As gun violence continues to surge, Philadelphia police say the “overwhelming majority” of shooters have been wearing face masks since the start of the pandemic, making it more challenging for homicide investigators to identify and arrest suspects.
“That’s our number one obstacle,” said Capt. Jason Smith, who leads the unit.
The department doesn’t keep statistics on the number of perpetrators wearing face masks, but Smith said they are undoubtedly more prevalent among shooters than before COVID-19 stitched masks into daily life.
It’s no coincidence, he said, that the department’s homicide clearance rate dropped significantly last year, the deadliest in three decades.
“There’s a few reasons why our clearance rate dropped 10 points year over year, but COVID-19 and the wearing of face masks, I would attribute that as being the number one factor,” said Smith.
In 2019, which ended with 356 murders, the clearance rate was 52%, according to police.
Last year, the city had 499 murders. The clearance rate was just over 42%.
To get around this new handicap, Smith said investigators are now reviewing surveillance video from the day and time of the incidents, as well as the hours and days before and after. The hope is the additional footage will show suspects without masks, or at the very least provide more identifying information. For example, face or hand tattoos.
Even if a suspect remains masked, the design of his or her mask could also potentially be used to help identify a shooter, said Sgt. Eric Gripp, a police spokesperson.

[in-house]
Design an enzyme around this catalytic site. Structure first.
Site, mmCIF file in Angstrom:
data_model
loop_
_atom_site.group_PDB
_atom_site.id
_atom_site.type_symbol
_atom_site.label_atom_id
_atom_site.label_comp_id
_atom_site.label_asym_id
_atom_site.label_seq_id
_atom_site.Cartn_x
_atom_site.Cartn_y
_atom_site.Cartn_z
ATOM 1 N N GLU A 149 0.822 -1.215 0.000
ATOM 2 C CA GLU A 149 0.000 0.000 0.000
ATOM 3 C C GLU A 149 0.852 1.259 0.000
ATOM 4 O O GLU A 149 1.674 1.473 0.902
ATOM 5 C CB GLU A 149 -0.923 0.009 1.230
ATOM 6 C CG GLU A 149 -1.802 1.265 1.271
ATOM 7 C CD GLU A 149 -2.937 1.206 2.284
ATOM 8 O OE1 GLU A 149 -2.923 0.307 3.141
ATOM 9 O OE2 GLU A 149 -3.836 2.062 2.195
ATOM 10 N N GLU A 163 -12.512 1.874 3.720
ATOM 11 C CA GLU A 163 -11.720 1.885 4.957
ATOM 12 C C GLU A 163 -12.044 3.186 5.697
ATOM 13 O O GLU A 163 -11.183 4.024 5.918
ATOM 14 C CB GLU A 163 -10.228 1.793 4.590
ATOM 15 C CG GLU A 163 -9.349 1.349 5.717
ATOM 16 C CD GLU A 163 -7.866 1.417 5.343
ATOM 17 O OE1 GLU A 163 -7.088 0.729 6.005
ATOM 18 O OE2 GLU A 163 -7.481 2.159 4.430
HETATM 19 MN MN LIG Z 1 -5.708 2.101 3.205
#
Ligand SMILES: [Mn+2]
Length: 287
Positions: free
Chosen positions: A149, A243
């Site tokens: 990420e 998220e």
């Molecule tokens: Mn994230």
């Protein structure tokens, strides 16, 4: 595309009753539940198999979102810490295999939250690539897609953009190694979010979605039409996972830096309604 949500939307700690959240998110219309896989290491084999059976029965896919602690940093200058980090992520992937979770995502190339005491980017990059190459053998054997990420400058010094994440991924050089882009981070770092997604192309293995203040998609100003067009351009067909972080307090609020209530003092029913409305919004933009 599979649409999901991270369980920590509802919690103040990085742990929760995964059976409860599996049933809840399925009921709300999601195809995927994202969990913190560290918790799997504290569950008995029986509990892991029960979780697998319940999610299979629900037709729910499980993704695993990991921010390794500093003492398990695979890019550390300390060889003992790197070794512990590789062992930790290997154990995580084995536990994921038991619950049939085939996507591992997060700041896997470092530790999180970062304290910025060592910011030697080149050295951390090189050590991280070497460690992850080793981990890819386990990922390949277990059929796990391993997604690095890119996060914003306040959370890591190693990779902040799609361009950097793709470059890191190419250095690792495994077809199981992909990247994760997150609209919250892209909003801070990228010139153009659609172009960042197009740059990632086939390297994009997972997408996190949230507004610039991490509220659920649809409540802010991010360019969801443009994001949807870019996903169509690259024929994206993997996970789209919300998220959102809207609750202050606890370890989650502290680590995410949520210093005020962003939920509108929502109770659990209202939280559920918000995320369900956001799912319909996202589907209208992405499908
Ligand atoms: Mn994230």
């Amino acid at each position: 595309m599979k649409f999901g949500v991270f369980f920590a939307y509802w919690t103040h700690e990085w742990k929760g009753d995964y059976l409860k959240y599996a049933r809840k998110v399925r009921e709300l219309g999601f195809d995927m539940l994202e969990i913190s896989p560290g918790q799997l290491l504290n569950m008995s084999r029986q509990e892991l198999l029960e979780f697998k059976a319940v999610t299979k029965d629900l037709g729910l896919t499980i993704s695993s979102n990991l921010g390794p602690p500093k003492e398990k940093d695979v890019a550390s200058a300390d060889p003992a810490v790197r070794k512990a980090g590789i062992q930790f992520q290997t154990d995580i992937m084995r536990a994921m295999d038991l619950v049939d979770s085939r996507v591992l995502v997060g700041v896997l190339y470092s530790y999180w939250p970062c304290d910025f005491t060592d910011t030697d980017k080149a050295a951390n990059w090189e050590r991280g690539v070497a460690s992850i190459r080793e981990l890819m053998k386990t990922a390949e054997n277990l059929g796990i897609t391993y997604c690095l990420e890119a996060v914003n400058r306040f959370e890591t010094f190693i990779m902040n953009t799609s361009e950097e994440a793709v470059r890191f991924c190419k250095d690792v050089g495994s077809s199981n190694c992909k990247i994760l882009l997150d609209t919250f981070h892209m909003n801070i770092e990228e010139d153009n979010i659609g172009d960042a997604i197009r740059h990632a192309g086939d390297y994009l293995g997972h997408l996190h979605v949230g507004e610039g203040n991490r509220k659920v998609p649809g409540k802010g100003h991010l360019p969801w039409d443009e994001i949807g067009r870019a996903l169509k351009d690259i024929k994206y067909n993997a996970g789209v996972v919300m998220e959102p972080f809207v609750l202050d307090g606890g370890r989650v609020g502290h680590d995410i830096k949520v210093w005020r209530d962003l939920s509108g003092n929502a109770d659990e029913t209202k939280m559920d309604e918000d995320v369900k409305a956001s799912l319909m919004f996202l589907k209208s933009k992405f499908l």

Police say more face masks also means an even greater need for witnesses to cooperate with law enforcement, a prospect already hampered by officer distrust, particularly in Black and brown communities, and fear of retaliation for speaking up.
“There’s somebody out there in almost every instance that has information that would be very useful to our investigation,” said Smith. “If we don’t get their cooperation, then a case will languish for weeks, months or even years.”
Anti-violence activists say the normalcy of wearing face masks is one of the reasons why gun violence is on the rise in Philadelphia.
Colwin Williams, who does outreach in high-crime police districts to prevent violence from erupting, said there’s a “different breed” of shooters during the pandemic because of face masks — shooters now feel emboldened to pick up guns because they know covering their faces won’t draw attention to them now.
“A lot of guys wouldn’t have even chanced it [before the pandemic],” said Williams, a street supervisor with Cure Violence. “Now, you can hide behind a mask.”
George Mosee, executive director of the Philadelphia Anti-Drug/Anti-Violence Network, said prior to the pandemic, it was “rare” for suspects to wear face masks, especially surgical-style masks covering everything below the bridge of the nose.
He’s gravely concerned about the impact more shooters wearing face masks will have on the cycle of violence his organization works every day to stop.
“If people don’t see folks getting arrested and brought to justice, then the likelihood that they will do whatever it is that they contemplated — carry a gun with a feeling of impunity, use the gun, whether it’s spontaneously or in a premeditated way — is increased,” said Mosee.
“It’s a Catch-22,” he added. “We want people to wear masks, but we don’t want them to commit acts of violence.”
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